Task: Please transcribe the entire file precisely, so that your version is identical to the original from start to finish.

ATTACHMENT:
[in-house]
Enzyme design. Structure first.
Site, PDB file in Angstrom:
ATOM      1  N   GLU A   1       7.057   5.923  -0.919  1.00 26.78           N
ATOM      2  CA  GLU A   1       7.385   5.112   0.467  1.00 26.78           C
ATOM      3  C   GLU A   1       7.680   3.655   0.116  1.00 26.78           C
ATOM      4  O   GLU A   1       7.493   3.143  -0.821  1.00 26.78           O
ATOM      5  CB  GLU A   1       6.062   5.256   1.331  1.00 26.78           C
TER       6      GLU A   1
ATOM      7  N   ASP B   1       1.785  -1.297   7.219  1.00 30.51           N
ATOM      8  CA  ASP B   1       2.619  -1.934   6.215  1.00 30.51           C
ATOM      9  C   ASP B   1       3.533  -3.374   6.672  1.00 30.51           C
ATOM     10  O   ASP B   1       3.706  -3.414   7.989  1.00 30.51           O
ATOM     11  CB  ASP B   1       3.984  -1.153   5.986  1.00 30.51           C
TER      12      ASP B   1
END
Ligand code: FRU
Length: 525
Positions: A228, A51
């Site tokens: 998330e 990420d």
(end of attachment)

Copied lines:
[in-house]
Enzyme design. Structure first.
Site, PDB file in Angstrom:
ATOM      1  N   GLU A   1       7.057   5.923  -0.919  1.00 26.78           N
ATOM      2  CA  GLU A   1       7.385   5.112   0.467  1.00 26.78           C
ATOM      3  C   GLU A   1       7.680   3.655   0.116  1.00 26.78           C
ATOM      4  O   GLU A   1       7.493   3.143  -0.821  1.00 26.78           O
ATOM      5  CB  GLU A   1       6.062   5.256   1.331  1.00 26.78           C
TER       6      GLU A   1
ATOM      7  N   ASP B   1       1.785  -1.297   7.219  1.00 30.51           N
ATOM      8  CA  ASP B   1       2.619  -1.934   6.215  1.00 30.51           C
ATOM      9  C   ASP B   1       3.533  -3.374   6.672  1.00 30.51           C
ATOM     10  O   ASP B   1       3.706  -3.414   7.989  1.00 30.51           O
ATOM     11  CB  ASP B   1       3.984  -1.153   5.986  1.00 30.51           C
TER      12      ASP B   1
END
Ligand code: FRU
Length: 525
Positions: A228, A51
């Site tokens: 998330e 990420d």